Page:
Showing posts from May, 2018

Infinity Links

Somewhat surprisingly for a film that has so little time (and possibly also inclination) to explore any interesting ideas raised by its premise, Infinity War has resulted in a rather vibrant conversation.  I'll say from the outset that most of the links I've collected proceed from the point of view that the film is at the very least flawed, if not genuinely bad.  This is probably my selection bias speaking, but I really haven't seen any interesting positive discussions of the film--any in-depth engagement with it, it seems to me, must inevitably grapple with the film's myriad, foundational flaws.  Also rooted in my own preoccupations is the fact that a lot of these links end up talking less about the film, and more about how it exposes some uncomfortable truths about how Marvel sees its franchise, its long-term goals, and its audience. Of the mainstream reviews--that is, those prohibited on pain of death of discussing the film's ending, AKA the only thing that i

Review: Paris Adrift by E.J. Swift at Strange Horizons

My latest Strange Horizons review looks at E.J. Swift's time travel novel Paris Adrift .  I've been hearing Swift's name spoken with admiration for several years now, as more and more readers I trust became absorbed by her Osiris Project trilogy ( Osiris , 2012; Cataveiro , 2014; Tamaruq , 2015).  As a standalone, Paris Adrift seemed like a perfect opportunity to hop on, but unfortunately what I found was a classic case of what is good is not interesting, and what is interesting is not good.   Paris Adrift is a rather slight story of a lost young person becoming even more lost when she discovers the ability to travel in time--the sort of thing that would probably have worked very well as a novella but is stretched into shapelessness by the novel length--combined with a political story that doesn't really bear much scrutiny. It's perhaps unsurprising that a novel so rooted in the notion of special people will also filter its politics through the lens of great m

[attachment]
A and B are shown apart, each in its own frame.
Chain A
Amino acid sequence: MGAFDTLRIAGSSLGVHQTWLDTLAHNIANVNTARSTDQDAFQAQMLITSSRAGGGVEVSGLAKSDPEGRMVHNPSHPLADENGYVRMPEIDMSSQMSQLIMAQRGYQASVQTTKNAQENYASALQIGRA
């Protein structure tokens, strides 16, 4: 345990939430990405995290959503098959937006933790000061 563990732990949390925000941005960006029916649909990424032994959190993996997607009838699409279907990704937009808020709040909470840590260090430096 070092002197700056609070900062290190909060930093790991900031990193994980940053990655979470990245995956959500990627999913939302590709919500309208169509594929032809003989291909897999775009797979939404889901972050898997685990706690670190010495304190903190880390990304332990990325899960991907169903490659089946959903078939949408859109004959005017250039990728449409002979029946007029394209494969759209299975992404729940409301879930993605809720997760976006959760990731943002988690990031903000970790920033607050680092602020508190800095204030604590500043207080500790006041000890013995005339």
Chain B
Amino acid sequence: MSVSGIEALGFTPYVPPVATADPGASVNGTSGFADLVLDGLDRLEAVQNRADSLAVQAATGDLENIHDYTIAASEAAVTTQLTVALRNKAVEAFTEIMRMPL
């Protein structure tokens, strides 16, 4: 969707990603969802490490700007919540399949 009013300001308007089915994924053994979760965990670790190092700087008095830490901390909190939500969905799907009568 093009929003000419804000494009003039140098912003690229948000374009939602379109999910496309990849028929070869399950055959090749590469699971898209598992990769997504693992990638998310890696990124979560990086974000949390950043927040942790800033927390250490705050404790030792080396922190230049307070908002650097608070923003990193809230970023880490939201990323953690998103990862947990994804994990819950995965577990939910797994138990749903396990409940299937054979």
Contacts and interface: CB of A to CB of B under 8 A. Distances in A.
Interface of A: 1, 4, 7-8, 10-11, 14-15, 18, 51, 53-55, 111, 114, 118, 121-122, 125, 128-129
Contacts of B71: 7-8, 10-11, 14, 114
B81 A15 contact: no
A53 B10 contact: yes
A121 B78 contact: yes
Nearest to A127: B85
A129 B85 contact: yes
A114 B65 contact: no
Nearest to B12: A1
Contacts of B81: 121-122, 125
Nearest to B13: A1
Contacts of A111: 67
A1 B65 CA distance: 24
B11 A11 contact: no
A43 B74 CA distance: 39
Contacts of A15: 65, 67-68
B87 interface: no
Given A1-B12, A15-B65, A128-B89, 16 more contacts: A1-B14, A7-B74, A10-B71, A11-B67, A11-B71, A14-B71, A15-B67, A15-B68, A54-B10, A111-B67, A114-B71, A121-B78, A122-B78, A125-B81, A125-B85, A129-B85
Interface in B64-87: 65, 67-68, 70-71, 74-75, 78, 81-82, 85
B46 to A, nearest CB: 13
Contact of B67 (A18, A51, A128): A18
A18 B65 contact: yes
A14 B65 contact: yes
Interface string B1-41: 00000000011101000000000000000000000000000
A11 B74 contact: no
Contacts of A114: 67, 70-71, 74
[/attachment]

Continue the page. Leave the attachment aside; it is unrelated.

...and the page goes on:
A Political History of the Future: The City & The City at Lawyers, Guns & Money

My latest Political History of the Future column takes the opportunity of the BBC having released a miniseries adaptation of it to discuss China Miéville's The City & The City , a novel about two cities that exist side-by-side but have erected a convoluted mechanism of psychological self-deception to "unsee" one another.  When I reread my 2009 review of the book, I was struck by how much it emphasized Miéville's poking at core fantasy tropes over what feels now like a blatantly political premise.  But as both that review and the miniseries have reminded me, that imbalance exists in the book itself. despite a surface feeling of relevance, the premise of The City & The City doesn’t map to any real-world political situation. Unseeing isn’t a way of ignoring an inconvenient or ugly reality, but a hefty psychic burden that the citizens of the two cities undertake out of ingrained habit and fear of retaliation. And despite multiple attempts to read it as such by